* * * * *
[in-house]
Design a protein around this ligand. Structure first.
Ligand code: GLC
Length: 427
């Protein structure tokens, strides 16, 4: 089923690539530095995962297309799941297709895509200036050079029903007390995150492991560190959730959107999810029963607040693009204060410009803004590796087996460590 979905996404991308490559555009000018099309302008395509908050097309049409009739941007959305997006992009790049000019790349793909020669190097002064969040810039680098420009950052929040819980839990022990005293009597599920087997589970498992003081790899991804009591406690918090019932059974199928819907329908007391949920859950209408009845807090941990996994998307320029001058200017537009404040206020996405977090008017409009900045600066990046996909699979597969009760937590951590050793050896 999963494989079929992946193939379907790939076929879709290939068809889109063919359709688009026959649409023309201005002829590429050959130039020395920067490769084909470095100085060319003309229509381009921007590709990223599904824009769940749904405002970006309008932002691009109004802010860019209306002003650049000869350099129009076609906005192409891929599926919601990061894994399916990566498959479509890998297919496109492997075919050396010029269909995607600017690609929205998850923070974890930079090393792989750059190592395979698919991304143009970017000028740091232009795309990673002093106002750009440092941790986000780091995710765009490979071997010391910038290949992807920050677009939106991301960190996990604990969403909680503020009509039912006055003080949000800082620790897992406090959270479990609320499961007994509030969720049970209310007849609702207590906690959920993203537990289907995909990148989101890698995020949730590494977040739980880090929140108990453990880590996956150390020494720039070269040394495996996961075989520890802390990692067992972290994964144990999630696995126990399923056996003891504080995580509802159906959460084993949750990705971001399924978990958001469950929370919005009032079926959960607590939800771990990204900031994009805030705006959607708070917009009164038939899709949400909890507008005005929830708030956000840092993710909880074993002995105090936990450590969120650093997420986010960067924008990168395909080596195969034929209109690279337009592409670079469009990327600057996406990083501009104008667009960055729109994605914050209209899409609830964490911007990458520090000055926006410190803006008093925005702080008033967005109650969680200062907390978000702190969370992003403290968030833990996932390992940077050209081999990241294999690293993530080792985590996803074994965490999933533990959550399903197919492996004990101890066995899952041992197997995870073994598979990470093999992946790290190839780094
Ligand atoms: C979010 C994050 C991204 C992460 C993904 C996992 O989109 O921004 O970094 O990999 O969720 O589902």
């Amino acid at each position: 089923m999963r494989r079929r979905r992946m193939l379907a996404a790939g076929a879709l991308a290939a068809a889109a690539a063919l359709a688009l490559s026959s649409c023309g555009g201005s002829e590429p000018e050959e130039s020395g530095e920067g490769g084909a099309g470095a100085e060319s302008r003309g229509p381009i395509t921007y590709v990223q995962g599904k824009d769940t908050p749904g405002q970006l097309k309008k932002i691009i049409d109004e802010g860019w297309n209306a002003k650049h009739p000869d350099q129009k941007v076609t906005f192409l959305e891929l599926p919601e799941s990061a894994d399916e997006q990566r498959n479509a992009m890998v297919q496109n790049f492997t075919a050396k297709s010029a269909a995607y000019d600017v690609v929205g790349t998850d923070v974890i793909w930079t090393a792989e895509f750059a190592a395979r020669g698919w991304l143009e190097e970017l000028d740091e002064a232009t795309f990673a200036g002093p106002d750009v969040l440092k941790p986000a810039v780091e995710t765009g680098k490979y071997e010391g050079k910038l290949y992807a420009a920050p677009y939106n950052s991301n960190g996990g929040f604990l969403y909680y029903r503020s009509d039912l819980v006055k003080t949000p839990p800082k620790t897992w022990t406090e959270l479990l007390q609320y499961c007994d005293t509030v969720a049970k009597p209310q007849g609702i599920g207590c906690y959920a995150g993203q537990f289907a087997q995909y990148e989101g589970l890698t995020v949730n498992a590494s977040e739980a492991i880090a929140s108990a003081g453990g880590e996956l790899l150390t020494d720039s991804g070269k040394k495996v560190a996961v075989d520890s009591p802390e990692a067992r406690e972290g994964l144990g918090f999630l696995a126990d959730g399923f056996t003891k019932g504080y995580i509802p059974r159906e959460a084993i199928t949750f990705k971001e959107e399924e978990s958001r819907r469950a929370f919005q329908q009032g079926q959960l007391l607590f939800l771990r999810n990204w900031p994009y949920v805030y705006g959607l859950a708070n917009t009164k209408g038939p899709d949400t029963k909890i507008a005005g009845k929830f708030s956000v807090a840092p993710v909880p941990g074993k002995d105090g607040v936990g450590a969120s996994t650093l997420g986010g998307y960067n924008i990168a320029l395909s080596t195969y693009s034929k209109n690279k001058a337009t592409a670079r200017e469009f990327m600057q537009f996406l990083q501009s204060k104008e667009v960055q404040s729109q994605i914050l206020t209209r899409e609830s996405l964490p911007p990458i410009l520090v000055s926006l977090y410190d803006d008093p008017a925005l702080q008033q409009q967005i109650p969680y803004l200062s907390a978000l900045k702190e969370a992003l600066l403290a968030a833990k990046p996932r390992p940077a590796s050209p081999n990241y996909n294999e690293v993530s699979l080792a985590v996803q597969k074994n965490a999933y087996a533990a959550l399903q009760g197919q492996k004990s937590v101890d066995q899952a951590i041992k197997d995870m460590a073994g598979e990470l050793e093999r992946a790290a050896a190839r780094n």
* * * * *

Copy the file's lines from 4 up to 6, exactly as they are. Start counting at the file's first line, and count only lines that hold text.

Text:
Length: 427
């Protein structure tokens, strides 16, 4: 089923690539530095995962297309799941297709895509200036050079029903007390995150492991560190959730959107999810029963607040693009204060410009803004590796087996460590 979905996404991308490559555009000018099309302008395509908050097309049409009739941007959305997006992009790049000019790349793909020669190097002064969040810039680098420009950052929040819980839990022990005293009597599920087997589970498992003081790899991804009591406690918090019932059974199928819907329908007391949920859950209408009845807090941990996994998307320029001058200017537009404040206020996405977090008017409009900045600066990046996909699979597969009760937590951590050793050896 999963494989079929992946193939379907790939076929879709290939068809889109063919359709688009026959649409023309201005002829590429050959130039020395920067490769084909470095100085060319003309229509381009921007590709990223599904824009769940749904405002970006309008932002691009109004802010860019209306002003650049000869350099129009076609906005192409891929599926919601990061894994399916990566498959479509890998297919496109492997075919050396010029269909995607600017690609929205998850923070974890930079090393792989750059190592395979698919991304143009970017000028740091232009795309990673002093106002750009440092941790986000780091995710765009490979071997010391910038290949992807920050677009939106991301960190996990604990969403909680503020009509039912006055003080949000800082620790897992406090959270479990609320499961007994509030969720049970209310007849609702207590906690959920993203537990289907995909990148989101890698995020949730590494977040739980880090929140108990453990880590996956150390020494720039070269040394495996996961075989520890802390990692067992972290994964144990999630696995126990399923056996003891504080995580509802159906959460084993949750990705971001399924978990958001469950929370919005009032079926959960607590939800771990990204900031994009805030705006959607708070917009009164038939899709949400909890507008005005929830708030956000840092993710909880074993002995105090936990450590969120650093997420986010960067924008990168395909080596195969034929209109690279337009592409670079469009990327600057996406990083501009104008667009960055729109994605914050209209899409609830964490911007990458520090000055926006410190803006008093925005702080008033967005109650969680200062907390978000702190969370992003403290968030833990996932390992940077050209081999990241294999690293993530080792985590996803074994965490999933533990959550399903197919492996004990101890066995899952041992197997995870073994598979990470093999992946790290190839780094
Ligand atoms: C979010 C994050 C991204 C992460 C993904 C996992 O989109 O921004 O970094 O990999 O969720 O589902």